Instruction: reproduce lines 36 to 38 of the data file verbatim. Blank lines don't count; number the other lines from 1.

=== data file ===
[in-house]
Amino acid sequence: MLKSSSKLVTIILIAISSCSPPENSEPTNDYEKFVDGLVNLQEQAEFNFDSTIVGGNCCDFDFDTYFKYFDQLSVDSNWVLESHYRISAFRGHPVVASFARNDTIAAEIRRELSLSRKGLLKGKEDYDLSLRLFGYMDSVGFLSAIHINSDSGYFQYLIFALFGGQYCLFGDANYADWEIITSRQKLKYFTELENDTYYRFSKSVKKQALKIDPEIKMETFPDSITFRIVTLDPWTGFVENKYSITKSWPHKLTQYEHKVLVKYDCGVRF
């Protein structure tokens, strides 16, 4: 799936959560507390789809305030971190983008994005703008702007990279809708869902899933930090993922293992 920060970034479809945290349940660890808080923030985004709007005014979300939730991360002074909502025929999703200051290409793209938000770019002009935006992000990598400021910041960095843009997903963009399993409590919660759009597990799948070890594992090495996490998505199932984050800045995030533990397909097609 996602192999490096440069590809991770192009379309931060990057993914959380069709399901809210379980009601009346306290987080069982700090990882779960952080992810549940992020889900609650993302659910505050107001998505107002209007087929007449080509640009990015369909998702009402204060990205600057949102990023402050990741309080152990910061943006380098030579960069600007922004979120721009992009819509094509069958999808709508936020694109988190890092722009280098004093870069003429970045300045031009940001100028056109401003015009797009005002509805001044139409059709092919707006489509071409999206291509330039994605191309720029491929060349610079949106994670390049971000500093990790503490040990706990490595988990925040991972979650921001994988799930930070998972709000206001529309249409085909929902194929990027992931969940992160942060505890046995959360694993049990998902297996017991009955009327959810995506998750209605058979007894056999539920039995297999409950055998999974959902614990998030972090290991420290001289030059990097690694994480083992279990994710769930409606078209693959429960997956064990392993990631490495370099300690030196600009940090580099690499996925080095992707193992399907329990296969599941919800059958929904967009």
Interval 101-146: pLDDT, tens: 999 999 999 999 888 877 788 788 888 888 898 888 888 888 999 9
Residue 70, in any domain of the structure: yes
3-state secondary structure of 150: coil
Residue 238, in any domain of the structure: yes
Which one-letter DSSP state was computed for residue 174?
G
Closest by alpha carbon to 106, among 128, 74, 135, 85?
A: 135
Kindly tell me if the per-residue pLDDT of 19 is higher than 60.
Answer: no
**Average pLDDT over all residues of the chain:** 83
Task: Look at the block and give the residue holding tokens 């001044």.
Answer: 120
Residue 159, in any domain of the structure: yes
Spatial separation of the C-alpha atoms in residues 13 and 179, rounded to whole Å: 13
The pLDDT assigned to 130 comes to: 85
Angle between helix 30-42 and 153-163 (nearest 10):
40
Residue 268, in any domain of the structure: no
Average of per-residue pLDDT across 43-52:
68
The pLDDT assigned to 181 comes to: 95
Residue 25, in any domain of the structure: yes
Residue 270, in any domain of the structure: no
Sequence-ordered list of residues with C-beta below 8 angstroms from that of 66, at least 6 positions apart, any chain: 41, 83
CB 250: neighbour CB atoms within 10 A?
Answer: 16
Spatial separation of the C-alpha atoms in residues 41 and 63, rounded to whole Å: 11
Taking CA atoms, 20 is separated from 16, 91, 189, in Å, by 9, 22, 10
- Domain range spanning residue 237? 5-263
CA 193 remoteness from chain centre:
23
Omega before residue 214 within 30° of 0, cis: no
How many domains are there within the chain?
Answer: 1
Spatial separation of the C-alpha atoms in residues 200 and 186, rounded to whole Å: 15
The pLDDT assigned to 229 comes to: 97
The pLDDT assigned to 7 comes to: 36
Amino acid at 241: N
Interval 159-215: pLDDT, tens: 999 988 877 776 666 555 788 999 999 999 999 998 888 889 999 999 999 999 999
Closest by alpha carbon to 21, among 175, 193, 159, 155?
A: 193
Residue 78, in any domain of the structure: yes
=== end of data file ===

Omega before residue 214 within 30° of 0, cis: no
How many domains are there within the chain?
Answer: 1